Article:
collagen

Award supports study of collagen regulation in breast cancer health disparities

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IMAGE: Examples of collagen spatial distribution in triple negative breast cancer found by using imaging mass spectrometry.
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Credit: Medical University of South Carolina

An MUSC Hollings Cancer Center researcher received a $3 million grant from the National Cancer Institute to study how patterns of collagens can serve as biomarkers of breast cancer risk and potentially reveal clues to what might be driving health disparities.

Peggi Angel, Ph.D., is applying innovative proteomic profiling techniques to decipher the biological foundations of lethal breast cancers that impact African American women more than any other race or ethnicity. Alarmingly, African American women are more than twice as likely as white women of European descent to be diagnosed with an aggressive form of breast cancer characterized by triple negative tumor subtypes that are more likely to metastasize, seeding tumor growth in other areas of their bodies and complicating the treatments they receive.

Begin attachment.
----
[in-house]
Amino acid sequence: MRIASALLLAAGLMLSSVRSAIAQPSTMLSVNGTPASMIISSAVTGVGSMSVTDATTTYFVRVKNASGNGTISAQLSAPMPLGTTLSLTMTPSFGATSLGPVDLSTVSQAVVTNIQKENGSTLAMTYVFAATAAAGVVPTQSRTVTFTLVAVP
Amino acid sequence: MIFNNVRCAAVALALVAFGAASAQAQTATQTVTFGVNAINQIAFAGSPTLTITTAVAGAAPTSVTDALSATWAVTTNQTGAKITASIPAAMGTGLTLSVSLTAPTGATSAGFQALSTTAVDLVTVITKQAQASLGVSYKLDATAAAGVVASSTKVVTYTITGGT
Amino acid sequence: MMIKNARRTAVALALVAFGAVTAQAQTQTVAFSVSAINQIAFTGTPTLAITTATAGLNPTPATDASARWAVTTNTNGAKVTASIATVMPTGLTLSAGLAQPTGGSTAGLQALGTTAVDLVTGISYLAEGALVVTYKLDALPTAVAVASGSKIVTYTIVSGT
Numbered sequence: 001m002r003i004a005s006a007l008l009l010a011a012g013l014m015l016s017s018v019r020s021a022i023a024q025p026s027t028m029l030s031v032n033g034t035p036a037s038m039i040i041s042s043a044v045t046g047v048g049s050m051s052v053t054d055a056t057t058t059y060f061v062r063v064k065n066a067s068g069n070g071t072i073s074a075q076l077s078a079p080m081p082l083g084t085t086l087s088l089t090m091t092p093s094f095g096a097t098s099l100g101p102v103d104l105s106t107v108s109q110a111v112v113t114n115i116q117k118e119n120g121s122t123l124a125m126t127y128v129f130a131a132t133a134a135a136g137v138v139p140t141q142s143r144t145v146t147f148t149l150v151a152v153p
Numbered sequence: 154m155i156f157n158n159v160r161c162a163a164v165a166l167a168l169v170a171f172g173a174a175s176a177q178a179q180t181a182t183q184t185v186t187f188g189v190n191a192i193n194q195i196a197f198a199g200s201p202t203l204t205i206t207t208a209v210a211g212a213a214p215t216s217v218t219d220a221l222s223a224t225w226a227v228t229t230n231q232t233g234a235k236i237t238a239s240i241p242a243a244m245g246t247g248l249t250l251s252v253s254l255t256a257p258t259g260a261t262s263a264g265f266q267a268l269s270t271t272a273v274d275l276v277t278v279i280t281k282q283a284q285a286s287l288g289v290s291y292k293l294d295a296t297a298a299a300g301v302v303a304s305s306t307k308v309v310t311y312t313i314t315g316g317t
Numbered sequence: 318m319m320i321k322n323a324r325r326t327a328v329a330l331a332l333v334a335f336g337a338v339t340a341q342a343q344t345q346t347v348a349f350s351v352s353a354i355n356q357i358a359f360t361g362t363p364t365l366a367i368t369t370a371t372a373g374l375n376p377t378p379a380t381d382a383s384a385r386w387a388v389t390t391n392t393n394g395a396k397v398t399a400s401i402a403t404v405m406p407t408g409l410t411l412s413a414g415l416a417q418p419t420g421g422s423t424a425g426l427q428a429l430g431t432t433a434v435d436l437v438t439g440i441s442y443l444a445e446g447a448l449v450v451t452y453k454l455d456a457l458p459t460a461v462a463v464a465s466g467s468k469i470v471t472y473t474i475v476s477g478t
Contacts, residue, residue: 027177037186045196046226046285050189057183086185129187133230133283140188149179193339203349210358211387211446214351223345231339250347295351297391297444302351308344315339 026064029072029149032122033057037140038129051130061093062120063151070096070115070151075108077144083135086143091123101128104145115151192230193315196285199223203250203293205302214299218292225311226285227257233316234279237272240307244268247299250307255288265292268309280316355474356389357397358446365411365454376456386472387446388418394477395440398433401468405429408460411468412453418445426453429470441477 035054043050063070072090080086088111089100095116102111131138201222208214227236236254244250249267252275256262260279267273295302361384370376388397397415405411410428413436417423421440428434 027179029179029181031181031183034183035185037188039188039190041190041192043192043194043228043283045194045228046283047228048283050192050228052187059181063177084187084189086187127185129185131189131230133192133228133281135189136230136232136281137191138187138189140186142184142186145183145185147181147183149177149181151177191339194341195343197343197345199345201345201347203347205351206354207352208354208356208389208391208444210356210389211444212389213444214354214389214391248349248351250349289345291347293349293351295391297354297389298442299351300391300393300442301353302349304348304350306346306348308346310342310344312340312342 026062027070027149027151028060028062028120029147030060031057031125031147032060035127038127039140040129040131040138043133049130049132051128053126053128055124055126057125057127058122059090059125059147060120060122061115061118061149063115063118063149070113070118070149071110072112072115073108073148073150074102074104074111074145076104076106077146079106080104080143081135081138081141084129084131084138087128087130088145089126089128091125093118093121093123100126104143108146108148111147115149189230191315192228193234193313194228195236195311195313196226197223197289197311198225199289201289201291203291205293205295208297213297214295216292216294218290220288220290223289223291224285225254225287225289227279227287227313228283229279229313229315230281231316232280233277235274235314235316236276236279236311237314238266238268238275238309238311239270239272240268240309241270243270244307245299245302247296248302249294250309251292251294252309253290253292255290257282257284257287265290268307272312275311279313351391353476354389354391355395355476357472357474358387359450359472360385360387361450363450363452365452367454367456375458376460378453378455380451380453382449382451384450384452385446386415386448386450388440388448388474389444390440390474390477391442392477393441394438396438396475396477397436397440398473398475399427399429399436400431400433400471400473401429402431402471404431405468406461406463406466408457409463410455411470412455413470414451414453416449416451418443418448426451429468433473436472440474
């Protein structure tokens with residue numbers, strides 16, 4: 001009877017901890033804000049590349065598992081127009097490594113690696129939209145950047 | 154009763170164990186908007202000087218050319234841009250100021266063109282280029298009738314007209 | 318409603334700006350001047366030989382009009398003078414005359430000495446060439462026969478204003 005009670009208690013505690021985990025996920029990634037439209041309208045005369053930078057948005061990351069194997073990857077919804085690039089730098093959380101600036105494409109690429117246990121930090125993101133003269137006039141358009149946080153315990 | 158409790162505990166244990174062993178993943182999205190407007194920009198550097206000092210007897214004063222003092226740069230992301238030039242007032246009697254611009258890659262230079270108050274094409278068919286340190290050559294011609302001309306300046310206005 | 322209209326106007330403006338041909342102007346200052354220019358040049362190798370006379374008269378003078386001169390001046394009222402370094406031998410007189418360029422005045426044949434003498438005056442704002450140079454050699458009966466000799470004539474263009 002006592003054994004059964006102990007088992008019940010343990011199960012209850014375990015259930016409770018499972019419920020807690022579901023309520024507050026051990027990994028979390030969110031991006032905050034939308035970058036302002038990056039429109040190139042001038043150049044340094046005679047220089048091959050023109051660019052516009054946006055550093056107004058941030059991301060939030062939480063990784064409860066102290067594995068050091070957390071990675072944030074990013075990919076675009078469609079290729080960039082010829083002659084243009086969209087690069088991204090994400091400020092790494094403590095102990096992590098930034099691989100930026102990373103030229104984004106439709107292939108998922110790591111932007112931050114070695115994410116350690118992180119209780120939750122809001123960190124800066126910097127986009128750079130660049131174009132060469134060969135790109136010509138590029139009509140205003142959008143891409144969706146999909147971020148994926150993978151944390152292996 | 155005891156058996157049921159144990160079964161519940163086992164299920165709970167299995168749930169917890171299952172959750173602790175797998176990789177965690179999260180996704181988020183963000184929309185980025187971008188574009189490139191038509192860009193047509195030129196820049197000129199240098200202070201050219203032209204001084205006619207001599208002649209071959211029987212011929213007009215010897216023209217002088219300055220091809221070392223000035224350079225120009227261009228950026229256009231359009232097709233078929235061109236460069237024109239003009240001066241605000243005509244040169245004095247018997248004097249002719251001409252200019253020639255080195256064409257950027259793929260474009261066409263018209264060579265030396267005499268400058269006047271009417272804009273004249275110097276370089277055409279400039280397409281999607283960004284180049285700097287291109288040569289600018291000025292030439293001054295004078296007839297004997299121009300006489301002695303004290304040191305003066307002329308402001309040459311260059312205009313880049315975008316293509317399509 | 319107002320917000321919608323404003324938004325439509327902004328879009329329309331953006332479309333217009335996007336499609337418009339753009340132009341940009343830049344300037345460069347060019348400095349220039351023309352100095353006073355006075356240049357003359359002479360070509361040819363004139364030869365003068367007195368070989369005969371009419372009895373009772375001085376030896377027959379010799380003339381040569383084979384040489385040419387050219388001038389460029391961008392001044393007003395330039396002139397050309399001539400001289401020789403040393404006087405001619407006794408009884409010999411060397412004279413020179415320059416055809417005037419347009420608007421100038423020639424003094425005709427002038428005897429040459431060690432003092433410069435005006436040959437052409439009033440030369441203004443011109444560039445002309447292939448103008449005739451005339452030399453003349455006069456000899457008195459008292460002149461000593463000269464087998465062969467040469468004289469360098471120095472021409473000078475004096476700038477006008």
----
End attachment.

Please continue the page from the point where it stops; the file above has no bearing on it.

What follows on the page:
Angel

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